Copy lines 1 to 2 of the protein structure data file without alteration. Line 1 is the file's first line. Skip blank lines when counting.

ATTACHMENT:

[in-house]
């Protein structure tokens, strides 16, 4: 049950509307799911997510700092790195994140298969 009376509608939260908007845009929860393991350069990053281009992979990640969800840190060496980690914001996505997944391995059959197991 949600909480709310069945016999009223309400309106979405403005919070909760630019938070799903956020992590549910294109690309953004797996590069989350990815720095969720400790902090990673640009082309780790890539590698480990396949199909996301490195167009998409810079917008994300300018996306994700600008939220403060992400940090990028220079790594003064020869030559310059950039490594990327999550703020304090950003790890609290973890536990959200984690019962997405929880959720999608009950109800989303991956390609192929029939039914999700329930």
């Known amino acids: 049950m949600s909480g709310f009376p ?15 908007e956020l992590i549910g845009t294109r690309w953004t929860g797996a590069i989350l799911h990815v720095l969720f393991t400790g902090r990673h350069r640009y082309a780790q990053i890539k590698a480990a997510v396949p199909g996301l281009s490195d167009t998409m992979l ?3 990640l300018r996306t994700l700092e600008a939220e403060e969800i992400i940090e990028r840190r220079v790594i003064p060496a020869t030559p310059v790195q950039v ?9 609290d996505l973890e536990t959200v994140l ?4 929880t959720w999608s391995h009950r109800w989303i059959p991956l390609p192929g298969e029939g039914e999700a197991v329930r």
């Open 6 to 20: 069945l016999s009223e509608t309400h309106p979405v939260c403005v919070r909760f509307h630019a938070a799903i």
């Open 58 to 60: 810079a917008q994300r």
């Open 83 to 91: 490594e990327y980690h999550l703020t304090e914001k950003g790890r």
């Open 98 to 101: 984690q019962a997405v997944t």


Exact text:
[in-house]
């Protein structure tokens, strides 16, 4: 049950509307799911997510700092790195994140298969 009376509608939260908007845009929860393991350069990053281009992979990640969800840190060496980690914001996505997944391995059959197991 949600909480709310069945016999009223309400309106979405403005919070909760630019938070799903956020992590549910294109690309953004797996590069989350990815720095969720400790902090990673640009082309780790890539590698480990396949199909996301490195167009998409810079917008994300300018996306994700600008939220403060992400940090990028220079790594003064020869030559310059950039490594990327999550703020304090950003790890609290973890536990959200984690019962997405929880959720999608009950109800989303991956390609192929029939039914999700329930």